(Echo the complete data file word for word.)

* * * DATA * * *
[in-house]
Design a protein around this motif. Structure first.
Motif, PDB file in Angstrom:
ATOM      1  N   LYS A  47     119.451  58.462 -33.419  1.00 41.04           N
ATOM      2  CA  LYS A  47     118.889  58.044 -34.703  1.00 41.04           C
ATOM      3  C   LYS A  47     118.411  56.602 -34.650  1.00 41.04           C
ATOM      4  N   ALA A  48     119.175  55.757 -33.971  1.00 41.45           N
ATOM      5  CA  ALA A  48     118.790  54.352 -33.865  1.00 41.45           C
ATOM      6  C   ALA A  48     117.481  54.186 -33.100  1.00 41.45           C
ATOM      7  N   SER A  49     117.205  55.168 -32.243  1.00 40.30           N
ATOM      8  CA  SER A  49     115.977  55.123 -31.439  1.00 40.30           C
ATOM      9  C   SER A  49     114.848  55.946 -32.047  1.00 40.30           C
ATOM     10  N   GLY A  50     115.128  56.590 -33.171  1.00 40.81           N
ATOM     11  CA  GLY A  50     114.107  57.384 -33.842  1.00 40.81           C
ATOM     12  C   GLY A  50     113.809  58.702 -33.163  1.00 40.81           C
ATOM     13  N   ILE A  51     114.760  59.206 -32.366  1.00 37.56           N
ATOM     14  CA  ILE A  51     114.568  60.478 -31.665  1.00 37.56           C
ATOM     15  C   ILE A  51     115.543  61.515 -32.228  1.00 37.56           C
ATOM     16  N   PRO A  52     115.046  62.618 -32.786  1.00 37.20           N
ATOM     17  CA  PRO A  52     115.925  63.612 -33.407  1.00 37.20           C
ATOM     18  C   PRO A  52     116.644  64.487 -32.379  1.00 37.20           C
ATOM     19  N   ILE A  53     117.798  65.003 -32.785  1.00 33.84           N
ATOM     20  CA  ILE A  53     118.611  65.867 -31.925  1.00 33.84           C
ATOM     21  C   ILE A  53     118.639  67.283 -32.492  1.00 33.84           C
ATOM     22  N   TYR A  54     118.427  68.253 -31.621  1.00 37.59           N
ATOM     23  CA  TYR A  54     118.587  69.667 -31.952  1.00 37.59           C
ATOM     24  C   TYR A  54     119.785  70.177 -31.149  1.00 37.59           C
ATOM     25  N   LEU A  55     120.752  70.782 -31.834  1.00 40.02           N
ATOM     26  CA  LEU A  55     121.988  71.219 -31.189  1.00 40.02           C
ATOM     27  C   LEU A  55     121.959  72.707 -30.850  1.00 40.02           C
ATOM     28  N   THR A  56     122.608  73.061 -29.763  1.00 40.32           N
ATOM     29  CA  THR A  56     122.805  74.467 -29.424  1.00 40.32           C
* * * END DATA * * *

[in-house]
Design a protein around this motif. Structure first.
Motif, PDB file in Angstrom:
ATOM      1  N   LYS A  47     119.451  58.462 -33.419  1.00 41.04           N
ATOM      2  CA  LYS A  47     118.889  58.044 -34.703  1.00 41.04           C
ATOM      3  C   LYS A  47     118.411  56.602 -34.650  1.00 41.04           C
ATOM      4  N   ALA A  48     119.175  55.757 -33.971  1.00 41.45           N
ATOM      5  CA  ALA A  48     118.790  54.352 -33.865  1.00 41.45           C
ATOM      6  C   ALA A  48     117.481  54.186 -33.100  1.00 41.45           C
ATOM      7  N   SER A  49     117.205  55.168 -32.243  1.00 40.30           N
ATOM      8  CA  SER A  49     115.977  55.123 -31.439  1.00 40.30           C
ATOM      9  C   SER A  49     114.848  55.946 -32.047  1.00 40.30           C
ATOM     10  N   GLY A  50     115.128  56.590 -33.171  1.00 40.81           N
ATOM     11  CA  GLY A  50     114.107  57.384 -33.842  1.00 40.81           C
ATOM     12  C   GLY A  50     113.809  58.702 -33.163  1.00 40.81           C
ATOM     13  N   ILE A  51     114.760  59.206 -32.366  1.00 37.56           N
ATOM     14  CA  ILE A  51     114.568  60.478 -31.665  1.00 37.56           C
ATOM     15  C   ILE A  51     115.543  61.515 -32.228  1.00 37.56           C
ATOM     16  N   PRO A  52     115.046  62.618 -32.786  1.00 37.20           N
ATOM     17  CA  PRO A  52     115.925  63.612 -33.407  1.00 37.20           C
ATOM     18  C   PRO A  52     116.644  64.487 -32.379  1.00 37.20           C
ATOM     19  N   ILE A  53     117.798  65.003 -32.785  1.00 33.84           N
ATOM     20  CA  ILE A  53     118.611  65.867 -31.925  1.00 33.84           C
ATOM     21  C   ILE A  53     118.639  67.283 -32.492  1.00 33.84           C
ATOM     22  N   TYR A  54     118.427  68.253 -31.621  1.00 37.59           N
ATOM     23  CA  TYR A  54     118.587  69.667 -31.952  1.00 37.59           C
ATOM     24  C   TYR A  54     119.785  70.177 -31.149  1.00 37.59           C
ATOM     25  N   LEU A  55     120.752  70.782 -31.834  1.00 40.02           N
ATOM     26  CA  LEU A  55     121.988  71.219 -31.189  1.00 40.02           C
ATOM     27  C   LEU A  55     121.959  72.707 -30.850  1.00 40.02           C
ATOM     28  N   THR A  56     122.608  73.061 -29.763  1.00 40.32           N
ATOM     29  CA  THR A  56     122.805  74.467 -29.424  1.00 40.32           C